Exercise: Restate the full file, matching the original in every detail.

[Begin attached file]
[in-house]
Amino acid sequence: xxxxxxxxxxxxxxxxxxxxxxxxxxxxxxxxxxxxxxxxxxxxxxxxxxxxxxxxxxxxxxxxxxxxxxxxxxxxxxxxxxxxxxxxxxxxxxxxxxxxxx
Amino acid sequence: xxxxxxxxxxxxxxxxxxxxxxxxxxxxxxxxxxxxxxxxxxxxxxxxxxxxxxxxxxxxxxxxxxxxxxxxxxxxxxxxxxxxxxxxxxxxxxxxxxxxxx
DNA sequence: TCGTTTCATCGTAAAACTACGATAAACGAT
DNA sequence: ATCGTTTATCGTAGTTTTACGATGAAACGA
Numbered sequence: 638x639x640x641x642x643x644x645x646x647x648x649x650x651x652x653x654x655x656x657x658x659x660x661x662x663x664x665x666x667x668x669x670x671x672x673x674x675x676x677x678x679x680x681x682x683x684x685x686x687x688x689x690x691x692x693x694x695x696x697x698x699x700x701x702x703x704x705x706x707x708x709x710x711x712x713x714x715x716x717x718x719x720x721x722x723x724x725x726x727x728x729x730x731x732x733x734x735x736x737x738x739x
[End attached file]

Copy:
[in-house]
Amino acid sequence: xxxxxxxxxxxxxxxxxxxxxxxxxxxxxxxxxxxxxxxxxxxxxxxxxxxxxxxxxxxxxxxxxxxxxxxxxxxxxxxxxxxxxxxxxxxxxxxxxxxxxx
Amino acid sequence: xxxxxxxxxxxxxxxxxxxxxxxxxxxxxxxxxxxxxxxxxxxxxxxxxxxxxxxxxxxxxxxxxxxxxxxxxxxxxxxxxxxxxxxxxxxxxxxxxxxxxx
DNA sequence: TCGTTTCATCGTAAAACTACGATAAACGAT
DNA sequence: ATCGTTTATCGTAGTTTTACGATGAAACGA
Numbered sequence: 638x639x640x641x642x643x644x645x646x647x648x649x650x651x652x653x654x655x656x657x658x659x660x661x662x663x664x665x666x667x668x669x670x671x672x673x674x675x676x677x678x679x680x681x682x683x684x685x686x687x688x689x690x691x692x693x694x695x696x697x698x699x700x701x702x703x704x705x706x707x708x709x710x711x712x713x714x715x716x717x718x719x720x721x722x723x724x725x726x727x728x729x730x731x732x733x734x735x736x737x738x739x